From the Australian Outback to the California desert, we’ve all heard of airplane boneyards. But where do cruise ships go to die?
In Izmir, Turkey, in a town called Aliaga, there is a ship processing center where old cargo ships and container ships are dismantled, dismantled and recycled. In 2020, this processing port made waves around the world when images emerged of the place being used as a graveyard for cruise ships.
So: what happens in a cruise ship graveyard? How do they recycle these giant floating beasts? In the Aliaga shipyard, they use a landing method. The way it works, depending on the NGO ship demolition platform, is that “the bow of the ship is beached on the shore while the stern is still afloat”. Then: “the blocks are…lifted by cranes onto a drained and impermeable working area”.
“Sites do not use the gravity method, i.e. dropping blocks into the water or onto the beach.”
NGO ship demolition platform
Steel and metal scrap is then melted down to make building materials or sold to car manufacturers. Depending on the size of each ship, each ship usually needs a few thousand workers for recycling, and the process for each ship can take up to a year.
The sun reports that expensive navigational equipment is the first to go, along with all the furniture, including beds, floors and even pianos. Emre Aras, Aliaga site manager, said The sun cruise ships are the most difficult type of ship to break up”because there are hundreds of rooms on board.
In addition to the task, all floors, walls, handrails and windows must be removed. This requires a lot of saws and torches.
“Massive sections of the hull are moved overhead with massive cranes capable of lifting 2000 ton objects at one go”, The sun reports.
However, there are other ship cemeteries around the world, and not all of them have the same environmental, health and safety standards as Aliaga. In fact, 70-80% of decommissioned ships in the world are sent to India, Bangladesh and Pakistan for decommissioning. Turkey, where Aliaga is located, and China cover most of the remaining market.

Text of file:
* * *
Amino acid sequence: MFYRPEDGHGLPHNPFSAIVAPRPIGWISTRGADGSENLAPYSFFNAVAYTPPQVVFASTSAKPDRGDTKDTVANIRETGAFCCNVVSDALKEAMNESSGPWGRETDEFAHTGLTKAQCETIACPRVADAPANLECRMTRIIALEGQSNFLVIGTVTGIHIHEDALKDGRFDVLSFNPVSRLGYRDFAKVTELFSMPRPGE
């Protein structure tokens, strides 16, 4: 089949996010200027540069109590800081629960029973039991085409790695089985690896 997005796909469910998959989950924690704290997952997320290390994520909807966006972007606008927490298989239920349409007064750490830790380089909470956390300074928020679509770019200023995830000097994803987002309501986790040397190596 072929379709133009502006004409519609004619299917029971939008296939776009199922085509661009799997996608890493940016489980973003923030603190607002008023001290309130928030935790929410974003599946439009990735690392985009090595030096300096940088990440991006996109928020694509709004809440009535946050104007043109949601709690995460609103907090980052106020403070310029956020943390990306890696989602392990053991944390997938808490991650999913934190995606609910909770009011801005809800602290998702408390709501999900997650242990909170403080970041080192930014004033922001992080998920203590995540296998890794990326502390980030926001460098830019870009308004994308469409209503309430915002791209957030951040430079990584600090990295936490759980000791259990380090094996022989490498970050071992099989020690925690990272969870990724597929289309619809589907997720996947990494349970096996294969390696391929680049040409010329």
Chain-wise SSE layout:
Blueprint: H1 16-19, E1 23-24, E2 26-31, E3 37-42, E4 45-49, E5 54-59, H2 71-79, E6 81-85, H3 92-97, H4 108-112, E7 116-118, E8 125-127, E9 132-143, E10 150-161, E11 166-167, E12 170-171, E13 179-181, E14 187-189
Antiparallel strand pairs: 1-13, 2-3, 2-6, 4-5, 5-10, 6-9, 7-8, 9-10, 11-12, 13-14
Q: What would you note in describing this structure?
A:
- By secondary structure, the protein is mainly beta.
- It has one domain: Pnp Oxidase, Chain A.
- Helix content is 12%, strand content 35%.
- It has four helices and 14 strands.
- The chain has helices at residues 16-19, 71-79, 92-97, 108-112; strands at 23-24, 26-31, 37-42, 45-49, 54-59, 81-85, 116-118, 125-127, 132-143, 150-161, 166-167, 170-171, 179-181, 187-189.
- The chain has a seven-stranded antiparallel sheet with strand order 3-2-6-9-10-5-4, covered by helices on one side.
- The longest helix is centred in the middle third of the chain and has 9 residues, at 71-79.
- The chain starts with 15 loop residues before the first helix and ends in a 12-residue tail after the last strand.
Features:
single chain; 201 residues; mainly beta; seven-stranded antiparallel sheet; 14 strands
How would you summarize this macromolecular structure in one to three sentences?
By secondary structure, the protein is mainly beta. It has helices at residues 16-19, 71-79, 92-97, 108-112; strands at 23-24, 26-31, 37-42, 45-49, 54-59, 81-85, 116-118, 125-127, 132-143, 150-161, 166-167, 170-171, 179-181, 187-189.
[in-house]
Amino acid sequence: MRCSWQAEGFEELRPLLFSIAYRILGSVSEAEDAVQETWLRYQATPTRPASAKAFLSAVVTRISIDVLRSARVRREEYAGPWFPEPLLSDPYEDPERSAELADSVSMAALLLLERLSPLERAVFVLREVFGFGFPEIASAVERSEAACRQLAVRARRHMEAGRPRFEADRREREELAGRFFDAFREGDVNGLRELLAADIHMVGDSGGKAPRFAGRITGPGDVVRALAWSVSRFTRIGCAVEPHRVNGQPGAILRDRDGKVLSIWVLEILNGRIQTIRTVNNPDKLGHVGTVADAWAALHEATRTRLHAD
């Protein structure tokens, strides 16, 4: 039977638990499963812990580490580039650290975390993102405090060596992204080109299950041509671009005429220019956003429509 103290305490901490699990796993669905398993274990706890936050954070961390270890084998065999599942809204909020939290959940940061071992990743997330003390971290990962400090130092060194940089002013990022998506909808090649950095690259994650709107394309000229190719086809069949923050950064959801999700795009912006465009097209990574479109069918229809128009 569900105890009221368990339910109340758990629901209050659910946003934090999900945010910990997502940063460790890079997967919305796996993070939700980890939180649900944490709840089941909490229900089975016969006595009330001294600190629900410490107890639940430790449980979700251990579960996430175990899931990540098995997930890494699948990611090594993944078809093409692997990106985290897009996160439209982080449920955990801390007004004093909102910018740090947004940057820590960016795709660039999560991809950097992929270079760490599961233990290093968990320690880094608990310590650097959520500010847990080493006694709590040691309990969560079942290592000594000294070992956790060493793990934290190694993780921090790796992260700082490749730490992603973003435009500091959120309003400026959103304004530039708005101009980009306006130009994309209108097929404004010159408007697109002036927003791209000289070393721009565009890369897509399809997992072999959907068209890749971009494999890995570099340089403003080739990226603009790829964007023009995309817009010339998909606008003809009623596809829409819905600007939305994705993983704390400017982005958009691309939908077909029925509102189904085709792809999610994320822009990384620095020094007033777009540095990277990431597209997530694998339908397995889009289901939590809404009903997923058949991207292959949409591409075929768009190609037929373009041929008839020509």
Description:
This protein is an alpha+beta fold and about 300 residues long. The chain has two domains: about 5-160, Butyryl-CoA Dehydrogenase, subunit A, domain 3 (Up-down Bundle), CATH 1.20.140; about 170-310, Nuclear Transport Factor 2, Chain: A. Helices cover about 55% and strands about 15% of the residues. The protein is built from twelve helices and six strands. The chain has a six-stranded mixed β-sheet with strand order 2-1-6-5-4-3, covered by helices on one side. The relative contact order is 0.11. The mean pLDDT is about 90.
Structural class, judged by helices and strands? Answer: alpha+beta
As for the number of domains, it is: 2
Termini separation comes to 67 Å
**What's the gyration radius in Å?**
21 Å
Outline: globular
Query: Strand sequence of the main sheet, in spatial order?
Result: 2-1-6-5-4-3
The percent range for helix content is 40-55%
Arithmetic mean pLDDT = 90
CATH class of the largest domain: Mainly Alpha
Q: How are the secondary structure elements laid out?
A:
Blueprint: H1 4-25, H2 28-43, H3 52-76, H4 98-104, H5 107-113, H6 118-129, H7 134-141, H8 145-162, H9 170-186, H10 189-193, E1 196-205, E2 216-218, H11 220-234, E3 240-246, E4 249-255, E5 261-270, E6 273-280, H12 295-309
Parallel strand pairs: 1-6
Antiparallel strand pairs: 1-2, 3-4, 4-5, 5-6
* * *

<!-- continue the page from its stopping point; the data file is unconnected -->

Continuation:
It is also quite rare for a cruise ship to end up in one of these places. These are usually only freighters and container ships, as until COVID-19 it was quite unusual for a cruise line to scrap a ship. Instead, they would typically sell their older cruise ships to a smaller operator, where they would be refurbished and rebranded. However, without this option (during the pandemic), various cruise lines (such as Carnival Cruises) began to choose to scrap some of their inactive ships.
According Cheddar, Carnival Cruise Line, as of January 2021, had sold 19 cruise ships, or 12% of its total pre-pandemic fleet. In February 2021, adds Cheddar, it was confirmed that 6 of these ships had been sold to scrappers. Kamil Onal, president of a ship recycling industry association, said Reuters in 2020 that “after the pandemic, cruise ships changed course to Aliaga in a very significant way”.
“There has been growth in the sector due to the crisis. When ships could not find work, they turned to dismantling.
However, not all ship graveyards are the same. As reported in a 2014 National geographic investigation, in Bangladesh a different process is used during a shipwreck. There, ships are brought onto mudflats at high tide, then cut with welding equipment and dragged to land at low tide. It is a very dangerous and environmentally unfriendly job.
As Muhammed Ali Shahin, program officer at the NGO Shipbreaking Platform said National geographic, “In Bangladesh, they break 150 to 200 ships a year.” The documentary also claimed that in 2012, 15 wreckers died. The work is dangerous due to the dangerous (and sometimes explosive) chemicals that are released during the process and the lack of safety equipment.
According to a report in Haika Magazine“A murky world of shell companies, flags of convenience and end-of-life flags allows companies to dodge responsibility and get rid of ships cheaply.”
Although the Turkish method is safer (and more expensive) than the one used in Bangladesh, it is not perfect. In fact, the NGO Shipbreaking Platform recommends that Turkey’s method of landing be phased out.
According to NGO ship demolition platform: “Turkish ship recycling yards apply the so-called disembarkation method.”
“The negative environmental impact of the landing method is undoubtedly higher than recycling in a fully confined area. The Platform is of the opinion that the landing method used at Aliağa should be phased out, in favor of the use of fully contained areas for demolition, as Turkish facilities have room for improvement.
NGO ship demolition platform
Although it clearly needs to be improved for both the wreckers and the environment, shipbreaking, a report by the European Commissiondeclares, is an important service, which enables the reuse of valuable materials.
“It enables the financial viability of the shipping industry, is a major supplier of steel, and is a vital part of the economy of many developing countries.”
Sinking isn’t the only fate to fall out of commission or dormant cruise ships. They have also been turned into floating hotels, for example, and they will continue, as the industry returns to normal after the pandemic, will likely, in many cases, be resold to smaller operators, provided demand and travel laws revert to Ordinary.